NASA’s $800 million OSIRIS-REx mission launched to space in September 2016 with a simple, albeit ambitious, objective: travel to a distant asteroid and bring back a sample of it. The spacecraft is now nearly home, and scientists spotted the it for the first time last week as it made its return.
The asteroid in question is Bennu, a rubble-pile asteroid that scientists believe broke off a larger asteroid between 700 million and 2 billion years ago, according to NASA. Bennu averages an orbit of about 105 million miles from the Sun, and completes its orbit every 1.2 years. The asteroid was about 200 million miles (322 million kilometers) away when OSIRIS-REx got there to retrieve a chunk of it.
OSIRIS-REx spent December 2018 to May 2021 observing Bennu, imaging it and taking measurements of its spin, shape, and makeup. Bennu’s rocky surface contains hints as to how the solar system formed, but observations of the object only do so much. Hence: the sample return project.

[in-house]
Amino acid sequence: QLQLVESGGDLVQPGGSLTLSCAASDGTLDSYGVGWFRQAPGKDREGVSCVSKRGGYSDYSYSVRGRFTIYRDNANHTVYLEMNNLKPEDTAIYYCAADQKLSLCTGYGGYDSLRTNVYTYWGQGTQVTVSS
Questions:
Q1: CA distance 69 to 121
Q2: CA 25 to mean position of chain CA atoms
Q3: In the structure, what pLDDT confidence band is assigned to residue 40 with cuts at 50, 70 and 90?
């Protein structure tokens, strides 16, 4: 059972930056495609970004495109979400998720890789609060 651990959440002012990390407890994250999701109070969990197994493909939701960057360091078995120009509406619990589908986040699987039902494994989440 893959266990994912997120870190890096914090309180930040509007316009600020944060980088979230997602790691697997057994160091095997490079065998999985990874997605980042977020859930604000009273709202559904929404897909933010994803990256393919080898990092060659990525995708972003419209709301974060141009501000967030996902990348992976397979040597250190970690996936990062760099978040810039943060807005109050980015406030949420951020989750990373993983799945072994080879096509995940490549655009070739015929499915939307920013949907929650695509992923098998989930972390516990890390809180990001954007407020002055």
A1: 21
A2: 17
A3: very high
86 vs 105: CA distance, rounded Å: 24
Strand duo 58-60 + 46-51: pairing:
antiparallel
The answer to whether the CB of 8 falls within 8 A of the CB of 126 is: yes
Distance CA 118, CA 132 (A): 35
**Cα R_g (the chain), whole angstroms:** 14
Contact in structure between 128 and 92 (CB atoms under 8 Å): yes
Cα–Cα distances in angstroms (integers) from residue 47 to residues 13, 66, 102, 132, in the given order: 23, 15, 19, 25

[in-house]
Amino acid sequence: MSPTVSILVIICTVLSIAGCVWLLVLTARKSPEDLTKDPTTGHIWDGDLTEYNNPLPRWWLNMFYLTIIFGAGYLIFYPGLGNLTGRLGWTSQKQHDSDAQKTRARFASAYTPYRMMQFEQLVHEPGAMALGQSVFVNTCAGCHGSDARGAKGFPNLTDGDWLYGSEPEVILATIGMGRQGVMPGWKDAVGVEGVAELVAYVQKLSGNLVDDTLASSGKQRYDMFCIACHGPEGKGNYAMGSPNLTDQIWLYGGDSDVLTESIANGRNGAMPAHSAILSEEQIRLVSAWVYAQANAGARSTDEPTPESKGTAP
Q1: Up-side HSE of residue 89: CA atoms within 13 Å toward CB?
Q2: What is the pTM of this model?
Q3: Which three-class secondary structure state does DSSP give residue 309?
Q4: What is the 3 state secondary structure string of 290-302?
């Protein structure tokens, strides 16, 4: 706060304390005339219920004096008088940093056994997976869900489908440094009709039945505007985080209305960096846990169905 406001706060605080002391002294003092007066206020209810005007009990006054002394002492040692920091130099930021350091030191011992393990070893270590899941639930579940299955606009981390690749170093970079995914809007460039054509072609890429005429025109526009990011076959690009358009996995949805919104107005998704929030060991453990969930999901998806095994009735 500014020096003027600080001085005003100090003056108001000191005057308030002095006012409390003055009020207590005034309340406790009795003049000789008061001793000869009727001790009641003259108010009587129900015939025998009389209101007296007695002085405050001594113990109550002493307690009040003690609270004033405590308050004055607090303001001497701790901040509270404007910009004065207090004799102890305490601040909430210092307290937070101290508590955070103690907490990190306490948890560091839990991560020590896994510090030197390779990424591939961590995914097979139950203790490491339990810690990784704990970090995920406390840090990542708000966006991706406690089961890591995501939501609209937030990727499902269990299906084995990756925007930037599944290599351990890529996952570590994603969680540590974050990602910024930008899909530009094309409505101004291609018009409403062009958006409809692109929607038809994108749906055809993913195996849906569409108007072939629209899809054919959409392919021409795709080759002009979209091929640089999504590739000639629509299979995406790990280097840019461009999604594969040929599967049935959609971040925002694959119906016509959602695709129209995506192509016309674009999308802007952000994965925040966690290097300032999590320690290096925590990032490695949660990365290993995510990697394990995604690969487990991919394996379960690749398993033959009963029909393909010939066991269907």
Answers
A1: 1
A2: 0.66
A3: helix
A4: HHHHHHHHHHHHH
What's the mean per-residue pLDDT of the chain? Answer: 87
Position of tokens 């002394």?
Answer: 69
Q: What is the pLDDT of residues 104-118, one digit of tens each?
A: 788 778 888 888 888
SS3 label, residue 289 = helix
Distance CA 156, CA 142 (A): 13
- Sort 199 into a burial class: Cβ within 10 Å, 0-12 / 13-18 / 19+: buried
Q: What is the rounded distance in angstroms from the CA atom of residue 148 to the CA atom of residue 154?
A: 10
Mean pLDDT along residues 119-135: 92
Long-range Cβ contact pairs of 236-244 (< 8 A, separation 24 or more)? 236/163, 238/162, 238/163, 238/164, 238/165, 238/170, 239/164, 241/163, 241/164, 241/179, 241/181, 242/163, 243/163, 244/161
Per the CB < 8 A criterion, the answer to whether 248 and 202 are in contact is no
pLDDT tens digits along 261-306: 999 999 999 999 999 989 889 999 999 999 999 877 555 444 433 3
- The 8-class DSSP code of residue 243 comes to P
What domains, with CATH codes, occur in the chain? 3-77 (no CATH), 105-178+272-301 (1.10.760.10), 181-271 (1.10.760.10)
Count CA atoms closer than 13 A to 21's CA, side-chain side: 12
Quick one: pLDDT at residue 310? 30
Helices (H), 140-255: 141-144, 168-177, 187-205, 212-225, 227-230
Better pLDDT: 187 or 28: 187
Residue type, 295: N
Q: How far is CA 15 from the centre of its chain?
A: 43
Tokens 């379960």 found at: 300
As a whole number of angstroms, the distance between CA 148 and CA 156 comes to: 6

Besides being caught on candid camera, mission planners changed its course last week to correctly aim OSIRIS-REx towards the sample drop-off site on Earth. The spacecraft’s velocity was tweaked by about 0.5 miles per hour (less than 1 kilometer per hour) in order to ensure OSIRIS-REx would actually arrive on Earth, instead of sailing past our pale blue dot.
The spacecraft picked up the Bennu sample in 2020; it left the asteroid for its return trip in April 2021. When the spacecraft was spotted on September 16, by the European Space Agency’s Optical Ground Station (OGS) telescope, it was 2.9 million miles (4.66 million km) from Earth. The image is actually a combination of 90 36-second exposures.
The ESA telescope, which is on the island of Tenerife, was built to spot space debris but now also contributes to astronomical surveys and observes near-Earth asteroids, which can be hazardous objects when they make near passes of Earth.
Bennu is itself one of those potentially hazardous asteroids (PHAs), because it has a chance of colliding with Earth in 161 years. However, those odds are extremely low. No, the biggest impact Bennu will likely have on Earth will come in the form of the OSIRIS-REx samples, and whatever they can tell us about the formation of the universe.